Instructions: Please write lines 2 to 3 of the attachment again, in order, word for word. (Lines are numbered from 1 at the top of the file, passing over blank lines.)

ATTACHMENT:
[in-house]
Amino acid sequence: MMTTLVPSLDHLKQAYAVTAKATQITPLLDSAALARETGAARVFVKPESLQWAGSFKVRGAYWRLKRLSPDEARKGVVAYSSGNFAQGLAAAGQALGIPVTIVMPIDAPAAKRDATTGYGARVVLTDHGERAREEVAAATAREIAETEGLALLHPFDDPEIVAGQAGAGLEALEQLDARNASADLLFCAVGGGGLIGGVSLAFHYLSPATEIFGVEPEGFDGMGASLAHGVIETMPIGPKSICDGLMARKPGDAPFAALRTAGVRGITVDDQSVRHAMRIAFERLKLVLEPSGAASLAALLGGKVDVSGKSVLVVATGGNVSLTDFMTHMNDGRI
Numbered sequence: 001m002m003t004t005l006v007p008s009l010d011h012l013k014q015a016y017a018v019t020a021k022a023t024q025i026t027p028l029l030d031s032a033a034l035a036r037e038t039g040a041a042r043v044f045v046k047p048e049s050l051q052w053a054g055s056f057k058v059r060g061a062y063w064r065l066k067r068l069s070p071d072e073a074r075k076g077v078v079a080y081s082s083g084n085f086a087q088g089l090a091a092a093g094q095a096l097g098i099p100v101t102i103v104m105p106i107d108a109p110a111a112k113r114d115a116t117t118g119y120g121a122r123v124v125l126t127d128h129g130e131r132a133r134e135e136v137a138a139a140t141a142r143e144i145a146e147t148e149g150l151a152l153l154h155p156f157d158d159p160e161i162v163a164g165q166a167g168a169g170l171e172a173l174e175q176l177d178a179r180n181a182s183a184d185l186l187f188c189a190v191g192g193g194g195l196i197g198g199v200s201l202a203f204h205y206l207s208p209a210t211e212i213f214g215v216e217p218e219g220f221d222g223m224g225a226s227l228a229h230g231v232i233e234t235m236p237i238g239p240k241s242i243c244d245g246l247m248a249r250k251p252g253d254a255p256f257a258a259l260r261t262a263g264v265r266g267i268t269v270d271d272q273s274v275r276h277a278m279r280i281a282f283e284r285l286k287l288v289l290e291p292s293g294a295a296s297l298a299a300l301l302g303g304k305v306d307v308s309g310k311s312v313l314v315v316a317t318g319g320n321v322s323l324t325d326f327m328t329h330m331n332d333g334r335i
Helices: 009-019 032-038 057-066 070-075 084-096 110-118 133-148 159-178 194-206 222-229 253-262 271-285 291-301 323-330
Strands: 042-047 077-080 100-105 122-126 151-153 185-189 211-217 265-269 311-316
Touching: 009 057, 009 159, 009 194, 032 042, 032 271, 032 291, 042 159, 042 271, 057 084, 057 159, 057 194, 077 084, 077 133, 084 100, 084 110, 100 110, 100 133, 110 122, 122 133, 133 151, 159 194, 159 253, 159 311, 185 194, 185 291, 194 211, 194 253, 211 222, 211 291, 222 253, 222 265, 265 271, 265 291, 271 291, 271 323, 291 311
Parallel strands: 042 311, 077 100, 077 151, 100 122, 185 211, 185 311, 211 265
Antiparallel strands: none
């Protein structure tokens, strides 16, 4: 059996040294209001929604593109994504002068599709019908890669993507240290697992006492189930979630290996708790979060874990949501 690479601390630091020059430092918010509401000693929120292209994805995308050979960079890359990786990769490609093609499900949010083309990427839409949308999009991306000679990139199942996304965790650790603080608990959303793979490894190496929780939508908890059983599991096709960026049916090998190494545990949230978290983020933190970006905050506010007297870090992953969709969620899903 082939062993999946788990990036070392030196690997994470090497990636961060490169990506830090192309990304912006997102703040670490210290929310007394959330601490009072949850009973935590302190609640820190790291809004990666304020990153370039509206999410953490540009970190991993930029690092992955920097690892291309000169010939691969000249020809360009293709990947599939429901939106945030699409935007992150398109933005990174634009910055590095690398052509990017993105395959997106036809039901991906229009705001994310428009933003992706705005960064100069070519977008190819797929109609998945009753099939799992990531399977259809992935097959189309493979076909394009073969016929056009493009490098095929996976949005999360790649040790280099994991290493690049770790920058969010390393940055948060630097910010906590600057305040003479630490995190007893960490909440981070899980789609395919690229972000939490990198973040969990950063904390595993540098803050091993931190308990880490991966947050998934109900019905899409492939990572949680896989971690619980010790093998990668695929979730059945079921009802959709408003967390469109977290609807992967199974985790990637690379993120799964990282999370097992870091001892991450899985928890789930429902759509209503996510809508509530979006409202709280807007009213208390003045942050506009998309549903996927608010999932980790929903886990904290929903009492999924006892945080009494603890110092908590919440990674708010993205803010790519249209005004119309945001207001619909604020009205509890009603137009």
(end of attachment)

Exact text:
Amino acid sequence: MMTTLVPSLDHLKQAYAVTAKATQITPLLDSAALARETGAARVFVKPESLQWAGSFKVRGAYWRLKRLSPDEARKGVVAYSSGNFAQGLAAAGQALGIPVTIVMPIDAPAAKRDATTGYGARVVLTDHGERAREEVAAATAREIAETEGLALLHPFDDPEIVAGQAGAGLEALEQLDARNASADLLFCAVGGGGLIGGVSLAFHYLSPATEIFGVEPEGFDGMGASLAHGVIETMPIGPKSICDGLMARKPGDAPFAALRTAGVRGITVDDQSVRHAMRIAFERLKLVLEPSGAASLAALLGGKVDVSGKSVLVVATGGNVSLTDFMTHMNDGRI
Numbered sequence: 001m002m003t004t005l006v007p008s009l010d011h012l013k014q015a016y017a018v019t020a021k022a023t024q025i026t027p028l029l030d031s032a033a034l035a036r037e038t039g040a041a042r043v044f045v046k047p048e049s050l051q052w053a054g055s056f057k058v059r060g061a062y063w064r065l066k067r068l069s070p071d072e073a074r075k076g077v078v079a080y081s082s083g084n085f086a087q088g089l090a091a092a093g094q095a096l097g098i099p100v101t102i103v104m105p106i107d108a109p110a111a112k113r114d115a116t117t118g119y120g121a122r123v124v125l126t127d128h129g130e131r132a133r134e135e136v137a138a139a140t141a142r143e144i145a146e147t148e149g150l151a152l153l154h155p156f157d158d159p160e161i162v163a164g165q166a167g168a169g170l171e172a173l174e175q176l177d178a179r180n181a182s183a184d185l186l187f188c189a190v191g192g193g194g195l196i197g198g199v200s201l202a203f204h205y206l207s208p209a210t211e212i213f214g215v216e217p218e219g220f221d222g223m224g225a226s227l228a229h230g231v232i233e234t235m236p237i238g239p240k241s242i243c244d245g246l247m248a249r250k251p252g253d254a255p256f257a258a259l260r261t262a263g264v265r266g267i268t269v270d271d272q273s274v275r276h277a278m279r280i281a282f283e284r285l286k287l288v289l290e291p292s293g294a295a296s297l298a299a300l301l302g303g304k305v306d307v308s309g310k311s312v313l314v315v316a317t318g319g320n321v322s323l324t325d326f327m328t329h330m331n332d333g334r335i